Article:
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ARS Home » Midwest Area » Columbia, Missouri » Cropping Systems and Water Quality Research » Research » Publications at this Location » Publication #307240

Title: Evaluation of a commercial multi-sensor system for soil electrical conductivity, organic matter, and pH

item Sudduth, Kenneth - Ken
item Vories, Earl
item Kitchen, Newell
item MYERS, DAVID - University Of Missouri
item Drummond, Scott

Submitted to: ASABE Annual International Meeting
Publication Type: Abstract Only
Publication Acceptance Date: 7/10/2014
Publication Date: 7/13/2014
Citation: Sudduth, K.A., Vories, E.D., Kitchen, N.R., Myers, D.B., Drummond, S.T. 2014. Evaluation of a commercial multi-sensor system for soil electrical conductivity, organic matter, and pH. ASABE Annual International Meeting [Availble online].

Interpretive Summary:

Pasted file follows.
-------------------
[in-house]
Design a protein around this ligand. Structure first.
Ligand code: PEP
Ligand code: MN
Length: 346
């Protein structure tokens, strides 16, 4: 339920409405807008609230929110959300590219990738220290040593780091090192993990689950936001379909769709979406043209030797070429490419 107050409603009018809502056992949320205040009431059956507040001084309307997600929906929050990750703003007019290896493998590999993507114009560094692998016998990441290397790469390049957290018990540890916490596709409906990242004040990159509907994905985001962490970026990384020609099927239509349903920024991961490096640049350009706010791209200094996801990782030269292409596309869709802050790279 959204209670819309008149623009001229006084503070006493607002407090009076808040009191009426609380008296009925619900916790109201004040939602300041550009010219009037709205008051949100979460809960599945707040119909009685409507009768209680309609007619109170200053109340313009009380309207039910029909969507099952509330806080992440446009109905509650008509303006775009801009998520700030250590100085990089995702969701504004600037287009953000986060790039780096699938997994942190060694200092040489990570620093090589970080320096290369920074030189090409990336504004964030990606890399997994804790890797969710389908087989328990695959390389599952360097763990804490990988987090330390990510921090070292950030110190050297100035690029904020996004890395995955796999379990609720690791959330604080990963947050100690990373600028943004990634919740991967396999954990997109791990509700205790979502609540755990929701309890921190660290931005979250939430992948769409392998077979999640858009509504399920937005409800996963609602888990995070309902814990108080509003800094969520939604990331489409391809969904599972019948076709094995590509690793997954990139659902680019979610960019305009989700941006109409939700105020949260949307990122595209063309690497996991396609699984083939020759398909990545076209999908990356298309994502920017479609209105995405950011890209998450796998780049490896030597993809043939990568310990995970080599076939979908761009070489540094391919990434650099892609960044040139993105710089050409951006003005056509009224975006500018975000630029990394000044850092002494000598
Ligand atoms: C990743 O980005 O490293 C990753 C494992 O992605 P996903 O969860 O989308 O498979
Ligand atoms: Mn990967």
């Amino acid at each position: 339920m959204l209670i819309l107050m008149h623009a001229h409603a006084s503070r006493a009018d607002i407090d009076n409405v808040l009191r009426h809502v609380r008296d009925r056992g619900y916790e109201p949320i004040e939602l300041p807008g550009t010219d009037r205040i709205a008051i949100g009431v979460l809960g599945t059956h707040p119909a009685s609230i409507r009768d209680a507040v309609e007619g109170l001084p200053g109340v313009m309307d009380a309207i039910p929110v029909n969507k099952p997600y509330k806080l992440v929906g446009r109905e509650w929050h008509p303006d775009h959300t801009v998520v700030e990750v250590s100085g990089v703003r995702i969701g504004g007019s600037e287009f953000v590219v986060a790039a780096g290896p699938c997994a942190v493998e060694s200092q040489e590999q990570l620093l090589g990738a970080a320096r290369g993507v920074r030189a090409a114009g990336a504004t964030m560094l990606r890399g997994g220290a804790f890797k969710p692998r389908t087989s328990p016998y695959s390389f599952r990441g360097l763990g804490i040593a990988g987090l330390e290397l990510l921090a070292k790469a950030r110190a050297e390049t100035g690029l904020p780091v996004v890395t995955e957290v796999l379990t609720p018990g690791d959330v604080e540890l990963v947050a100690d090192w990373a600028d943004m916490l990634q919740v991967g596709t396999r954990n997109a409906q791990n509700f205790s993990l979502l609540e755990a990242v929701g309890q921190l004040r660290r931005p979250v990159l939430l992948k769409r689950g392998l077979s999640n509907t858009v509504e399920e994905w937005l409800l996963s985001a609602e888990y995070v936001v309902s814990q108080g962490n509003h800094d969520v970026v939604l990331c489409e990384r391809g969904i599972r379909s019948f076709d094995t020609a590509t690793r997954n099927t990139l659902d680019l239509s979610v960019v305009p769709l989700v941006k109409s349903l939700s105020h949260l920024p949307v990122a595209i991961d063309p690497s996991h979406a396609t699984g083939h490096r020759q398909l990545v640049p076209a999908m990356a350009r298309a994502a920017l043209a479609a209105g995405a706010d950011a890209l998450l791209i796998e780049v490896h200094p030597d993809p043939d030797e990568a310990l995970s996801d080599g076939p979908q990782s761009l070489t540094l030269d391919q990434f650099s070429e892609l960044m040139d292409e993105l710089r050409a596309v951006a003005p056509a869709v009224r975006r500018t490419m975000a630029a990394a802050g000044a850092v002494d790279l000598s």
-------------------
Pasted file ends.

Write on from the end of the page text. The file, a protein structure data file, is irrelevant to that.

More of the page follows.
Technical Abstract: Efficient and accurate spatial quantification of soil properties is recognized as an important aspect of precision agriculture. With the current standard practice of in-field sample collection and subsequent laboratory analysis it is often prohibitively expensive to obtain data at the spatial density required to accurately characterize variability. Mobile proximal soil sensors are one way to overcome this problem. Many such sensors have been developed over the years and a few are commercially available. One such sensor is the Veris MSP3, which provides simultaneous measurement of soil apparent electrical conductivity (ECa), organic matter, and pH. The objective of this research was to evaluate results obtained with the MSP3 in comparison to laboratory analysis of collected soil samples. Data were collected at multiple field sites across the state of Missouri, spanning different soil regions. Sensor data collected on transects were spatially matched with soil sampling points and the two datasets were compared statistically. Specific conditions (e.g., soil type, tillage system, degree of spatial variability) affecting the performance of the sensor system were identified. The results of this research will provide guidance to those interested in applying mobile proximal soil sensing for precision agriculture.